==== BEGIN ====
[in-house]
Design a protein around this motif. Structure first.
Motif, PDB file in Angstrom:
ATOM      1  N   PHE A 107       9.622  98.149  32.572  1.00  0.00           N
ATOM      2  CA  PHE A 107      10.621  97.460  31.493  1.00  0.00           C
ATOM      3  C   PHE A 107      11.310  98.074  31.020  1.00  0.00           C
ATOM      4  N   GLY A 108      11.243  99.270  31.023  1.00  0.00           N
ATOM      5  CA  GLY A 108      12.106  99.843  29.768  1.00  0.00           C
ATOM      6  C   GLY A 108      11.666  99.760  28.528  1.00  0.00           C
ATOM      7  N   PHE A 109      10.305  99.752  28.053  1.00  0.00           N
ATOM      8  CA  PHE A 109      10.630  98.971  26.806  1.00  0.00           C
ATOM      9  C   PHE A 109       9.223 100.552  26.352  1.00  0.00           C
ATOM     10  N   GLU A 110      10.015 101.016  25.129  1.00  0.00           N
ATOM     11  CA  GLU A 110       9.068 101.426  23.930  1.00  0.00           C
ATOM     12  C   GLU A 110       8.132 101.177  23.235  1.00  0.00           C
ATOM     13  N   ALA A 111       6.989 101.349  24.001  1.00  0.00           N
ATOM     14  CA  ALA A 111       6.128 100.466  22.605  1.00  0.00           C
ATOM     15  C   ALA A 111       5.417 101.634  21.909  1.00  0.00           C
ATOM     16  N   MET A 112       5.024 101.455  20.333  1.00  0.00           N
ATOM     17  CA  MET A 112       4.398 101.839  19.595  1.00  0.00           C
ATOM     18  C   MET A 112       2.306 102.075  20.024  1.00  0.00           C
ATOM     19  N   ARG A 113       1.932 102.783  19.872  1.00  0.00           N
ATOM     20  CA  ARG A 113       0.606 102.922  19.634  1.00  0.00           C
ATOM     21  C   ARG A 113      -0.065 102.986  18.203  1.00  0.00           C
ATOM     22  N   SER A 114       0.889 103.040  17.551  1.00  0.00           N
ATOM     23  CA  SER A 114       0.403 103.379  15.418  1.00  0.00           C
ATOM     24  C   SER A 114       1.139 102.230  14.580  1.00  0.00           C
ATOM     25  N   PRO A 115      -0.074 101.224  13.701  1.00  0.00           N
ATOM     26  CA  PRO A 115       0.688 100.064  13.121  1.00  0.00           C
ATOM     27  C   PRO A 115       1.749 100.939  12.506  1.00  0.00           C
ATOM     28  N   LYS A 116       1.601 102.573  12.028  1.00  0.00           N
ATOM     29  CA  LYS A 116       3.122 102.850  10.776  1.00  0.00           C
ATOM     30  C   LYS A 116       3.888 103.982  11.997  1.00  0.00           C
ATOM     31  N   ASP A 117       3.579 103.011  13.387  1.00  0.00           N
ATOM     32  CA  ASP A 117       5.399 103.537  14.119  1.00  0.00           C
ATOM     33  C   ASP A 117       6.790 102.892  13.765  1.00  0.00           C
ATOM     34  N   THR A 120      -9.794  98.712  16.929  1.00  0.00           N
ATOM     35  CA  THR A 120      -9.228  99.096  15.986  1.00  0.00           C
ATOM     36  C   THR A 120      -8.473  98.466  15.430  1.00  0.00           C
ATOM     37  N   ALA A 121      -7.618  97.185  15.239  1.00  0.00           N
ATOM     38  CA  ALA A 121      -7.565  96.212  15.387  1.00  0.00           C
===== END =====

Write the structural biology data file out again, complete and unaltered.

[in-house]
Design a protein around this motif. Structure first.
Motif, PDB file in Angstrom:
ATOM      1  N   PHE A 107       9.622  98.149  32.572  1.00  0.00           N
ATOM      2  CA  PHE A 107      10.621  97.460  31.493  1.00  0.00           C
ATOM      3  C   PHE A 107      11.310  98.074  31.020  1.00  0.00           C
ATOM      4  N   GLY A 108      11.243  99.270  31.023  1.00  0.00           N
ATOM      5  CA  GLY A 108      12.106  99.843  29.768  1.00  0.00           C
ATOM      6  C   GLY A 108      11.666  99.760  28.528  1.00  0.00           C
ATOM      7  N   PHE A 109      10.305  99.752  28.053  1.00  0.00           N
ATOM      8  CA  PHE A 109      10.630  98.971  26.806  1.00  0.00           C
ATOM      9  C   PHE A 109       9.223 100.552  26.352  1.00  0.00           C
ATOM     10  N   GLU A 110      10.015 101.016  25.129  1.00  0.00           N
ATOM     11  CA  GLU A 110       9.068 101.426  23.930  1.00  0.00           C
ATOM     12  C   GLU A 110       8.132 101.177  23.235  1.00  0.00           C
ATOM     13  N   ALA A 111       6.989 101.349  24.001  1.00  0.00           N
ATOM     14  CA  ALA A 111       6.128 100.466  22.605  1.00  0.00           C
ATOM     15  C   ALA A 111       5.417 101.634  21.909  1.00  0.00           C
ATOM     16  N   MET A 112       5.024 101.455  20.333  1.00  0.00           N
ATOM     17  CA  MET A 112       4.398 101.839  19.595  1.00  0.00           C
ATOM     18  C   MET A 112       2.306 102.075  20.024  1.00  0.00           C
ATOM     19  N   ARG A 113       1.932 102.783  19.872  1.00  0.00           N
ATOM     20  CA  ARG A 113       0.606 102.922  19.634  1.00  0.00           C
ATOM     21  C   ARG A 113      -0.065 102.986  18.203  1.00  0.00           C
ATOM     22  N   SER A 114       0.889 103.040  17.551  1.00  0.00           N
ATOM     23  CA  SER A 114       0.403 103.379  15.418  1.00  0.00           C
ATOM     24  C   SER A 114       1.139 102.230  14.580  1.00  0.00           C
ATOM     25  N   PRO A 115      -0.074 101.224  13.701  1.00  0.00           N
ATOM     26  CA  PRO A 115       0.688 100.064  13.121  1.00  0.00           C
ATOM     27  C   PRO A 115       1.749 100.939  12.506  1.00  0.00           C
ATOM     28  N   LYS A 116       1.601 102.573  12.028  1.00  0.00           N
ATOM     29  CA  LYS A 116       3.122 102.850  10.776  1.00  0.00           C
ATOM     30  C   LYS A 116       3.888 103.982  11.997  1.00  0.00           C
ATOM     31  N   ASP A 117       3.579 103.011  13.387  1.00  0.00           N
ATOM     32  CA  ASP A 117       5.399 103.537  14.119  1.00  0.00           C
ATOM     33  C   ASP A 117       6.790 102.892  13.765  1.00  0.00           C
ATOM     34  N   THR A 120      -9.794  98.712  16.929  1.00  0.00           N
ATOM     35  CA  THR A 120      -9.228  99.096  15.986  1.00  0.00           C
ATOM     36  C   THR A 120      -8.473  98.466  15.430  1.00  0.00           C
ATOM     37  N   ALA A 121      -7.618  97.185  15.239  1.00  0.00           N
ATOM     38  CA  ALA A 121      -7.565  96.212  15.387  1.00  0.00           C